Jean-Louis Steinberg (1922-2016) (January 2016)
- Published on 28 January 2016
Jean-Louis Steinberg passed away in Paris on 21 January 2016, at the age of 93. He was one of the founders of radioastronomy in France and a pioneer of astronomy from space at the Paris Observatory. Last, but not least, he also played a leading role in the creation of the journal Astronomy & Astrophysics.
Jean-Louis was born on 7 June 1922, in Paris, and as a young man he began his studies to be a scientist and became a Doctor of Engineering in 1943. However, in June 1944, he was arrested and deported with his parents and one of his two brothers. He was the only survivor of the four when the US Army liberated the camp. Conscious that he was one of the last direct witnesses of the Holocaust, after his retirement he devoted much of his time to keeping the memory of the deportees alive. Right up until the last days of his life, he was providing testimonials of the horror of the concentration camps to schools and conferences.
After the WWII, he completed his studies and entered the physics laboratory of the École Normale Supérieure. This was just the start of a very successful scientific career. He also liked writing and was interested in scientific publications. In 1962, he was offered the job of Editor-in-Chief of the French journal, Annales d’Astrophysique, one of three professional journals in astronomy that were published in France at the time. He ran the journal with his wife Madeleine, who was fluent in English and Russian. In 1968, they decided to evaluate the usefulness of the work that had been carried out over the previous six years. However, when they looked up citations of the papers published in their journal in the Science citation index they were horrified to find that their journal had not even been mentioned. They concluded that English-speaking scientists were probably not reading it since it was clear, when they looked at the citations in American and English journals, that it was mostly being quoted by its own authors.
Jean-Louis shared his dismay with Stuart Pottasch, the Editor-in-Chief of the Bulletin of the Astronomical Institutes of the Netherlands, who was having a similar experience, and they began talking about merging their publications in a new international journal. They found initial support from Jan Hendrik Oort, director of the Leiden Observatory, and from Anders Reiz, director of the Copenhagen Observatory, with whom they discussed the possibility of also merging the Scandinavian journals into a new publication. Together with Jean-François Denisse, director of the Paris Observatory, Jean-Louis then called a meeting of French astronomers during the turmoil of the 1968 events. He managed to convince them to merge the three French astronomy journals into one new publication.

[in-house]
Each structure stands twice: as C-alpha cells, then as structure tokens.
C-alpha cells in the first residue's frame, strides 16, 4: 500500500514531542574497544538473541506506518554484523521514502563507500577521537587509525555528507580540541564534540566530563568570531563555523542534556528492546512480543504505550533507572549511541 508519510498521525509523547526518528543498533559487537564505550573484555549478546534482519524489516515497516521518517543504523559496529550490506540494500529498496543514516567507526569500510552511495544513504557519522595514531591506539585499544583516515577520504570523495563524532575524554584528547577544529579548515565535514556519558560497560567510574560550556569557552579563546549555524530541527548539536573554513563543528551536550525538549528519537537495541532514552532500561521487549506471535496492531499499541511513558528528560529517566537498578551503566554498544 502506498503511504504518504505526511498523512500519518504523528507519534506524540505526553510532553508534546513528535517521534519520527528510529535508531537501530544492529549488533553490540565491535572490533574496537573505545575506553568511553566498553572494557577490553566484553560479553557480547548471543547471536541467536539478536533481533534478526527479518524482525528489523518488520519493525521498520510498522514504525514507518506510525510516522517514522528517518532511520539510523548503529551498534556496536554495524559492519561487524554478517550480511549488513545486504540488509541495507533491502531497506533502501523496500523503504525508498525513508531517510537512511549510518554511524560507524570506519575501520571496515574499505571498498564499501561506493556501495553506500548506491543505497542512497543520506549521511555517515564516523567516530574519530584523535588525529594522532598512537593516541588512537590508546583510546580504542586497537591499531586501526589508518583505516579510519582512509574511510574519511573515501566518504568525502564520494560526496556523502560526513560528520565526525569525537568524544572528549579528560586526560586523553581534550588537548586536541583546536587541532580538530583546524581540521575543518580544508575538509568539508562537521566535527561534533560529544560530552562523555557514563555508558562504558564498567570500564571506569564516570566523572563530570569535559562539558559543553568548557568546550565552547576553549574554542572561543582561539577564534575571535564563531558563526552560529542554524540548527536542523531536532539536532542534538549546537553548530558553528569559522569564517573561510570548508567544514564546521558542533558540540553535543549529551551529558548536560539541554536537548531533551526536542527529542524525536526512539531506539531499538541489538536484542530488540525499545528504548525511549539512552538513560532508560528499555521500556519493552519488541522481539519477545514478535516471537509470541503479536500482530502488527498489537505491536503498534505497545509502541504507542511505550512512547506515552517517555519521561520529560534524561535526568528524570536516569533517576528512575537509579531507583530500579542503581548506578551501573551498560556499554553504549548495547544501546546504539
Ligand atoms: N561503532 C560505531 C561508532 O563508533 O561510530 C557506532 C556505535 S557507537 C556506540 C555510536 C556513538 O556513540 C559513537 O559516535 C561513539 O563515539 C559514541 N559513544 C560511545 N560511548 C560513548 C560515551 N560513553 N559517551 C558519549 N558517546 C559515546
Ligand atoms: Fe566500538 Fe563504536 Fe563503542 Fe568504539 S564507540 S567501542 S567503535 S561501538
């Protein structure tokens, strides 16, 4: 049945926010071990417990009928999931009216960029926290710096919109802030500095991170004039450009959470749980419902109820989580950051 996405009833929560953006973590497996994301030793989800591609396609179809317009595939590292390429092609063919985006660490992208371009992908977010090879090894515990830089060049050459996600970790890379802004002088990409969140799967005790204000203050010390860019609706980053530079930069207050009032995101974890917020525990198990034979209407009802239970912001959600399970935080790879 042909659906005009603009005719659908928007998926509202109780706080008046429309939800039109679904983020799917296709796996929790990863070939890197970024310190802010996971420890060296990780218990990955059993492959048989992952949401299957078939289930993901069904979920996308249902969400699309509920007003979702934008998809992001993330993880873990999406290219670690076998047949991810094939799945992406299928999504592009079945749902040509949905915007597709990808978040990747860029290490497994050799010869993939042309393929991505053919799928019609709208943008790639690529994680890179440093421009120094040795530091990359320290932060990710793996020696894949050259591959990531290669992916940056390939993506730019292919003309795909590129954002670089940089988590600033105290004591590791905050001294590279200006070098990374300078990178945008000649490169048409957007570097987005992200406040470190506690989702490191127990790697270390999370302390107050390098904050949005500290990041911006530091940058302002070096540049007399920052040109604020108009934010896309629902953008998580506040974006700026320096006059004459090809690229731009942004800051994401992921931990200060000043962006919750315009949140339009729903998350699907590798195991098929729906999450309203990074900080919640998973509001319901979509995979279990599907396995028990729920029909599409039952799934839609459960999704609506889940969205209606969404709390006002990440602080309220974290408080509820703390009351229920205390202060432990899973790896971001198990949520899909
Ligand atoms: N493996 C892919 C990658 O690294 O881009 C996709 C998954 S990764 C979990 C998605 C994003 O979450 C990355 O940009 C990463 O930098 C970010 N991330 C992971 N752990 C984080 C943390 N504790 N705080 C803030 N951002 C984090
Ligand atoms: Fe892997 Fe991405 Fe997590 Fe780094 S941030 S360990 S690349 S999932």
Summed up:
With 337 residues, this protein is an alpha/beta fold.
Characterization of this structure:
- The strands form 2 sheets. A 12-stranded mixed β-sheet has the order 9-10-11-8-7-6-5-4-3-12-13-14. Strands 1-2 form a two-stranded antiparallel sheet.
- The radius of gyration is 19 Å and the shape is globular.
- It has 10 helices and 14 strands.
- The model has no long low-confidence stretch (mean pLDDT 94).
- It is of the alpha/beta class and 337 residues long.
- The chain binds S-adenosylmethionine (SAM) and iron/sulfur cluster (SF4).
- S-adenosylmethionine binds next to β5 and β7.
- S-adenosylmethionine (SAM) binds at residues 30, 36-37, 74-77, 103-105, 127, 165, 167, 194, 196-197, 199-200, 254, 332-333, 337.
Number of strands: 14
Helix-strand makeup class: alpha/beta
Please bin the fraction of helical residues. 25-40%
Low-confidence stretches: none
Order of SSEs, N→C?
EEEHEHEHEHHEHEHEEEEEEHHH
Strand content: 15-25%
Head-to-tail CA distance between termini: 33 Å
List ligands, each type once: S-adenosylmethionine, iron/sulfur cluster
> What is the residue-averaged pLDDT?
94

Meanwhile, the idea of a new international astronomical journal had also been gaining ground in Germany and Belgium, as well as in all Scandinavian countries. At a subsequent meeting of key actors, held in Leiden on March 27, 1968, the general principles for the operation of the new journal, with the proposed name, “Astronomy & Astrophysics: A European Journal”, were also discussed. ESO was then asked to provide a legal framework for the new journal and its Council responded favourably in July 1968. As a result, Astronomy & Astrophysics saw the light of day and the first issue was published in January 1969. Naturally, Jean-Louis Steinberg and Stuart Pottasch were the two first Editors-in-Chief. Jean-Louis remained in this position for five years, ensuring the huge success of the new journal.
Jean-Louis and Madeleine ran the Meudon A&A editorial office during those five years with the help of a secretary and a part-time draughtswoman. There were only four issues of the journal in 1969, but it soon became a monthly publication and one of the four major generalist astronomical journals in the world. Initially, papers were submitted in English, French or German, but it soon became clear that, for a given author, the papers in English were cited twice as often as those in other languages. As a consequence, the vast majority of papers were soon written in English and corrected, when needed, by Madeleine.
Clearly, Jean-Louis was a pioneer in European scientific publishing: astronomers were the first to succeed in merging their journals into a single publication, and the refereeing system he set up was run very smoothly. Since then, his successors have attempted to maintain the high standards he defined as best as they could.
Those of us who were privileged to know Jean-Louis Steinberg as an Editor-in-Chief will remember him as always being accessible and attentive to authors. He was a man of exceptional moral integrity, a hard worker, a visionary and a bright and charismatic scientist and editor.
James Lequeux, Claude Bertout, Nabila Aghanim, Thierry Forveille
N.B. Jean-Louis Steinberg published a detailed account of his life and activities in an article entitled “The scientific career of a team leader”, Planetary and Space Science 49 (2001) 511-522.